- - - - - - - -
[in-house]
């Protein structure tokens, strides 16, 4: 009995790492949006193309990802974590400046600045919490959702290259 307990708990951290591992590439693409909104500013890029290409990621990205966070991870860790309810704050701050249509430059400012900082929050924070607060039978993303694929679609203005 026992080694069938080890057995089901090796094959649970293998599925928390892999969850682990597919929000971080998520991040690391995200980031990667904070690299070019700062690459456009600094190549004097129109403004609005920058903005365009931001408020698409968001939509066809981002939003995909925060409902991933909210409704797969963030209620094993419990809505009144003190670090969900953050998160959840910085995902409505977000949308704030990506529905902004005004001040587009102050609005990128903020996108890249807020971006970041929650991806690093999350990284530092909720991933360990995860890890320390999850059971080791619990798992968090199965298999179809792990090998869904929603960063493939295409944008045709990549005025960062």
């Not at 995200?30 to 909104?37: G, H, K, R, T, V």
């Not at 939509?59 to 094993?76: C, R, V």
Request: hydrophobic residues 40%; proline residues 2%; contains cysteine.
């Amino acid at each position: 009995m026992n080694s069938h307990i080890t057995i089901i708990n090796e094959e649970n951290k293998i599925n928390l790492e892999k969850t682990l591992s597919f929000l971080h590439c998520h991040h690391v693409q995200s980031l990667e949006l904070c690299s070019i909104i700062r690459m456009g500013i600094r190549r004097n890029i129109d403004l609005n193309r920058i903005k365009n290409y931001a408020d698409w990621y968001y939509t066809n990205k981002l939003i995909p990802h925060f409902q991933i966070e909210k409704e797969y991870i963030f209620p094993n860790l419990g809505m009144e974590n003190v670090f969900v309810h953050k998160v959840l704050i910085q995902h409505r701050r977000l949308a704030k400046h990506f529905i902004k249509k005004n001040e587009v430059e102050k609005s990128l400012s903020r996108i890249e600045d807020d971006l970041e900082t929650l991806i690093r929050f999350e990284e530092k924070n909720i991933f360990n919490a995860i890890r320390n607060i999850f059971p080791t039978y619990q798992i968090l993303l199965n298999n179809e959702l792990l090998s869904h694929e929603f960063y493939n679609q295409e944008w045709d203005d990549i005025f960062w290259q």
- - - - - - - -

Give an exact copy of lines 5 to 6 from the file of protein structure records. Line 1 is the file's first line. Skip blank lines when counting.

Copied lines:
Request: hydrophobic residues 40%; proline residues 2%; contains cysteine.
């Amino acid at each position: 009995m026992n080694s069938h307990i080890t057995i089901i708990n090796e094959e649970n951290k293998i599925n928390l790492e892999k969850t682990l591992s597919f929000l971080h590439c998520h991040h690391v693409q995200s980031l990667e949006l904070c690299s070019i909104i700062r690459m456009g500013i600094r190549r004097n890029i129109d403004l609005n193309r920058i903005k365009n290409y931001a408020d698409w990621y968001y939509t066809n990205k981002l939003i995909p990802h925060f409902q991933i966070e909210k409704e797969y991870i963030f209620p094993n860790l419990g809505m009144e974590n003190v670090f969900v309810h953050k998160v959840l704050i910085q995902h409505r701050r977000l949308a704030k400046h990506f529905i902004k249509k005004n001040e587009v430059e102050k609005s990128l400012s903020r996108i890249e600045d807020d971006l970041e900082t929650l991806i690093r929050f999350e990284e530092k924070n909720i991933f360990n919490a995860i890890r320390n607060i999850f059971p080791t039978y619990q798992i968090l993303l199965n298999n179809e959702l792990l090998s869904h694929e929603f960063y493939n679609q295409e944008w045709d203005d990549i005025f960062w290259q």